Encyclopædia Britannica, Ninth Edition/Cobán

From Wikisource
Jump to navigation Jump to search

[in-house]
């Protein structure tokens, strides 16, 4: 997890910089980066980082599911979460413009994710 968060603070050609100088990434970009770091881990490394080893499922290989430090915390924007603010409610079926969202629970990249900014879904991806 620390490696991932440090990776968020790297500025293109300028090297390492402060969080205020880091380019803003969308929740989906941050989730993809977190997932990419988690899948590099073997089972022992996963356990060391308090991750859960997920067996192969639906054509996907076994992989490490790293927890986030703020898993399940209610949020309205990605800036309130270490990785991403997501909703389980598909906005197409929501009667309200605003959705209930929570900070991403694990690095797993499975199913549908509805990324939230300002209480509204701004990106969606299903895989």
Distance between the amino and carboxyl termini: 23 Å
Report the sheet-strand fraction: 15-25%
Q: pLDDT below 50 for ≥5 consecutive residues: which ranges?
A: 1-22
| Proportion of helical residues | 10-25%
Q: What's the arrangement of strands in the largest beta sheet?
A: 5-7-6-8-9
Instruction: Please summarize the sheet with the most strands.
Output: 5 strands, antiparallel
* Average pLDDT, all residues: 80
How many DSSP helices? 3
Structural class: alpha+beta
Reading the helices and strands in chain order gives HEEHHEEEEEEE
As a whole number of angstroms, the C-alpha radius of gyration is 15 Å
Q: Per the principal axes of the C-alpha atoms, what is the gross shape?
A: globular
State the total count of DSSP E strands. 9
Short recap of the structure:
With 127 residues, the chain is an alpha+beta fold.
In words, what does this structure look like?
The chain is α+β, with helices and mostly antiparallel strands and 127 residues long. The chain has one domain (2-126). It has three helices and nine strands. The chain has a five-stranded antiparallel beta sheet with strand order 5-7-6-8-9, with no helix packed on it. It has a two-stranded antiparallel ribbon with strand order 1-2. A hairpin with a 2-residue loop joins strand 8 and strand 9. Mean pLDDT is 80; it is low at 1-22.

COBÁN, or Santo Domingo Cobán, a city of Central America, in the republic of Guatemala, and the department of Vera Paz, situated about 90 miles north of the city of Guatemala, on the direct route to Flores, not far from the source of the Rio de Cajabon, which flows into the Golfo Dolce. It occupies the slopes of a rounded hill, on the top of which is the central square or plaza, with the cathedral aud the ruins of the once magnificent Dominican monastery on the one side, and on the others the shops and houses of the merchants and artizans. The houses of Coban are low and covered with tiles ; and, as each with its garden and croft attached is curtained by a dense and lofty hedge, the streets have rather the appearance of woodland avenues. The cathedral is a large and imposing edifice, decorated in the interior with a barbaric profusion of ornament ; but like the rest of the public buildings of the town it shows signs of decay. Since the removal of the seat of the Pro vincial Government to Salama, the prosperity of Coban has greatly declined, but it still contains about 12,000 inhabitautSjWho carry on the weaving of cotton cloth, the cultivation of coffee, sugar, and pimento, and a considerable trade with the neighbouring provinces. The Spanish and Ladino part of the population does not exceed 2000 ; and the rest are Indians originally from the mountains of Chichen and Jucamel, who still speak the Kacchi or Quecchi language. Coban owes its origin to the missionary labours of the Dominicans of the 16th century, and more especially to Fray Pedro de Augulo, whose portrait is pre served in the cathedral. It was made the political capital of the province of Vera Paz, and obtained the arms of a city of the first rank.